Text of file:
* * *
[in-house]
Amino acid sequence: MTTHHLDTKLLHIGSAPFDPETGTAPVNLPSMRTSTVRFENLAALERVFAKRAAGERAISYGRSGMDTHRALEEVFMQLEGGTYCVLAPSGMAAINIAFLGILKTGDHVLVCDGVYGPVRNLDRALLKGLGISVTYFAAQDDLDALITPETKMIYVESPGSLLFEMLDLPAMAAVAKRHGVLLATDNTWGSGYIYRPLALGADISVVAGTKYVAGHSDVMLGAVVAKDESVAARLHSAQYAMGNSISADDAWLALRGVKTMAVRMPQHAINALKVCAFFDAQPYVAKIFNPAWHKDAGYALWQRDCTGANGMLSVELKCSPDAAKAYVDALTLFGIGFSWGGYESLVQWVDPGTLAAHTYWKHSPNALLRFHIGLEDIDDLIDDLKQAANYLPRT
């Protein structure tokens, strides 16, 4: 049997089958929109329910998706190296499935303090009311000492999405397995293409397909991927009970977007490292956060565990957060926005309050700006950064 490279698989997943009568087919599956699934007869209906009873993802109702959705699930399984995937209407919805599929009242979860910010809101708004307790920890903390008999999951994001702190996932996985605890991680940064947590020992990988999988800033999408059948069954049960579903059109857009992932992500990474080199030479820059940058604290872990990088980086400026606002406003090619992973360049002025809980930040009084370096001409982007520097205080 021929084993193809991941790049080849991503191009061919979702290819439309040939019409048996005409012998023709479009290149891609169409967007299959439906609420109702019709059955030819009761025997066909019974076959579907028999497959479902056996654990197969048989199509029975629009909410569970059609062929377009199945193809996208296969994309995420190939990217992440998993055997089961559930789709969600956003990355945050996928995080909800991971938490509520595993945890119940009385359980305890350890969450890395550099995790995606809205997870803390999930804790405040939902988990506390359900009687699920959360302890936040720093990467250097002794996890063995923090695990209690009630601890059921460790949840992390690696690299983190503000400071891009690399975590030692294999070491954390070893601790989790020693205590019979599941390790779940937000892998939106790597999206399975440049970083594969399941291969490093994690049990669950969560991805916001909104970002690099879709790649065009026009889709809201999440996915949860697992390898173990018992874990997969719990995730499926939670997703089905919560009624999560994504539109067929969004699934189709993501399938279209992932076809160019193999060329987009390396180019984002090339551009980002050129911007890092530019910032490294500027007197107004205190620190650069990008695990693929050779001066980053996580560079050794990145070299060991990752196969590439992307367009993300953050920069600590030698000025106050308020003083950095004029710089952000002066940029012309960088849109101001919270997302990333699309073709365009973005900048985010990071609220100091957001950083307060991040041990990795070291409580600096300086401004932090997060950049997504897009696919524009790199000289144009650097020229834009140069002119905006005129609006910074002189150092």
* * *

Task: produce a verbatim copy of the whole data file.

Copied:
[in-house]
Amino acid sequence: MTTHHLDTKLLHIGSAPFDPETGTAPVNLPSMRTSTVRFENLAALERVFAKRAAGERAISYGRSGMDTHRALEEVFMQLEGGTYCVLAPSGMAAINIAFLGILKTGDHVLVCDGVYGPVRNLDRALLKGLGISVTYFAAQDDLDALITPETKMIYVESPGSLLFEMLDLPAMAAVAKRHGVLLATDNTWGSGYIYRPLALGADISVVAGTKYVAGHSDVMLGAVVAKDESVAARLHSAQYAMGNSISADDAWLALRGVKTMAVRMPQHAINALKVCAFFDAQPYVAKIFNPAWHKDAGYALWQRDCTGANGMLSVELKCSPDAAKAYVDALTLFGIGFSWGGYESLVQWVDPGTLAAHTYWKHSPNALLRFHIGLEDIDDLIDDLKQAANYLPRT
């Protein structure tokens, strides 16, 4: 049997089958929109329910998706190296499935303090009311000492999405397995293409397909991927009970977007490292956060565990957060926005309050700006950064 490279698989997943009568087919599956699934007869209906009873993802109702959705699930399984995937209407919805599929009242979860910010809101708004307790920890903390008999999951994001702190996932996985605890991680940064947590020992990988999988800033999408059948069954049960579903059109857009992932992500990474080199030479820059940058604290872990990088980086400026606002406003090619992973360049002025809980930040009084370096001409982007520097205080 021929084993193809991941790049080849991503191009061919979702290819439309040939019409048996005409012998023709479009290149891609169409967007299959439906609420109702019709059955030819009761025997066909019974076959579907028999497959479902056996654990197969048989199509029975629009909410569970059609062929377009199945193809996208296969994309995420190939990217992440998993055997089961559930789709969600956003990355945050996928995080909800991971938490509520595993945890119940009385359980305890350890969450890395550099995790995606809205997870803390999930804790405040939902988990506390359900009687699920959360302890936040720093990467250097002794996890063995923090695990209690009630601890059921460790949840992390690696690299983190503000400071891009690399975590030692294999070491954390070893601790989790020693205590019979599941390790779940937000892998939106790597999206399975440049970083594969399941291969490093994690049990669950969560991805916001909104970002690099879709790649065009026009889709809201999440996915949860697992390898173990018992874990997969719990995730499926939670997703089905919560009624999560994504539109067929969004699934189709993501399938279209992932076809160019193999060329987009390396180019984002090339551009980002050129911007890092530019910032490294500027007197107004205190620190650069990008695990693929050779001066980053996580560079050794990145070299060991990752196969590439992307367009993300953050920069600590030698000025106050308020003083950095004029710089952000002066940029012309960088849109101001919270997302990333699309073709365009973005900048985010990071609220100091957001950083307060991040041990990795070291409580600096300086401004932090997060950049997504897009696919524009790199000289144009650097020229834009140069002119905006005129609006910074002189150092």